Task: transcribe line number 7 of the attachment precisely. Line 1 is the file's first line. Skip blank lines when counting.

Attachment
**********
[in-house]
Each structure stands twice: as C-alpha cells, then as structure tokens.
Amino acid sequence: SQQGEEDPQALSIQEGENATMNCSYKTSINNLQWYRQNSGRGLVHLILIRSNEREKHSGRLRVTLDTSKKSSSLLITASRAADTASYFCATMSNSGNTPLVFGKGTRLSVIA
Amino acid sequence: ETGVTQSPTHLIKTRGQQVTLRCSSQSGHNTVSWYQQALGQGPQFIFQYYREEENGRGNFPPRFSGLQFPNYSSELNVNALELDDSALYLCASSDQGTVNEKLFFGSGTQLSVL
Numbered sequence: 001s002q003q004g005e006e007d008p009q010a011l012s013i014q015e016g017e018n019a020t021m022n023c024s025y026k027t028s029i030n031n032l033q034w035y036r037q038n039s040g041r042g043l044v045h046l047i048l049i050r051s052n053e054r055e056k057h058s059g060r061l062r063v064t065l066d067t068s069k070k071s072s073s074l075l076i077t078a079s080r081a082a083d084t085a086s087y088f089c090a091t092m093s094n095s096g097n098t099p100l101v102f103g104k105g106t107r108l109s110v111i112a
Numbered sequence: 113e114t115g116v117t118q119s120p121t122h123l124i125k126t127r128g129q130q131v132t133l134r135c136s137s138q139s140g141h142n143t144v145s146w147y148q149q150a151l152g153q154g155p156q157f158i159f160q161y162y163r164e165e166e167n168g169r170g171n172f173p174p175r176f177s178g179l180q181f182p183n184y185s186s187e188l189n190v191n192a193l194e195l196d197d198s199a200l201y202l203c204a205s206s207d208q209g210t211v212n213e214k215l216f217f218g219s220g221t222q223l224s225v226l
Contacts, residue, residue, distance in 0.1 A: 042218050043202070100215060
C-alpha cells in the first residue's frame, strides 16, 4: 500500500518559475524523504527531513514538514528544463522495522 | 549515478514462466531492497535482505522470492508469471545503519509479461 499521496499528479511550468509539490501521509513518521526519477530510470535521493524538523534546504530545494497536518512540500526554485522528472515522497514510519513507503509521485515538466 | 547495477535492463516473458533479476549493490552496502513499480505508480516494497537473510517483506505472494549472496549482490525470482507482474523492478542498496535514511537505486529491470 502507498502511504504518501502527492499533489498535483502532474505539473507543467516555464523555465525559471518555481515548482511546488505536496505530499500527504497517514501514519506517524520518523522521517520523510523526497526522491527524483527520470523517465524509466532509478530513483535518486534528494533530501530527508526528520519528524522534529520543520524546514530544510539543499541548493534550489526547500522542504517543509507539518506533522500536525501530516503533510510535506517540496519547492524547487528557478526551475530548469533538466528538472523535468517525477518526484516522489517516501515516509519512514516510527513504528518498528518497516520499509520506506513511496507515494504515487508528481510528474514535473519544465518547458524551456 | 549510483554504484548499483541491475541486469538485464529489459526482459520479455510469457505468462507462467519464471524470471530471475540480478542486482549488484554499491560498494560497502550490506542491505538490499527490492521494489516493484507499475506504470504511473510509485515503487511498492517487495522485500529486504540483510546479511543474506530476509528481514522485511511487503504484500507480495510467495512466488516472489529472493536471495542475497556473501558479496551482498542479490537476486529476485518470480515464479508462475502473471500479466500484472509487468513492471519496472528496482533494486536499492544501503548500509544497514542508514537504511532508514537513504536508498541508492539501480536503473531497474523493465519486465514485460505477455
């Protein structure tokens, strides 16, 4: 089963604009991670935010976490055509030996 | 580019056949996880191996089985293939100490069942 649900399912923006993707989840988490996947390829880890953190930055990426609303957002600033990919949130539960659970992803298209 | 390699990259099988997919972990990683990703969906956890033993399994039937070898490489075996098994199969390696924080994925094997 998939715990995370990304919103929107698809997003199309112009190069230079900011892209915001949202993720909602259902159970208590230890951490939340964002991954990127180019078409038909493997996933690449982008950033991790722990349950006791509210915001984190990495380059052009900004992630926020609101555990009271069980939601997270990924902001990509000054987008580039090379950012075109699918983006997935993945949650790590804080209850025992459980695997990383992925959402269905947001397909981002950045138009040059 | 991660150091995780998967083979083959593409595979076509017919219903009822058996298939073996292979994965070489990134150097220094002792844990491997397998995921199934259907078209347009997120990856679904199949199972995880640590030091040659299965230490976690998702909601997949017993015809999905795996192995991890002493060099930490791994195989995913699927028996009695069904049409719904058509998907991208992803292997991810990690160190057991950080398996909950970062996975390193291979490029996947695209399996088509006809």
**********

Contacts, residue, residue, distance in 0.1 A: 042218050043202070100215060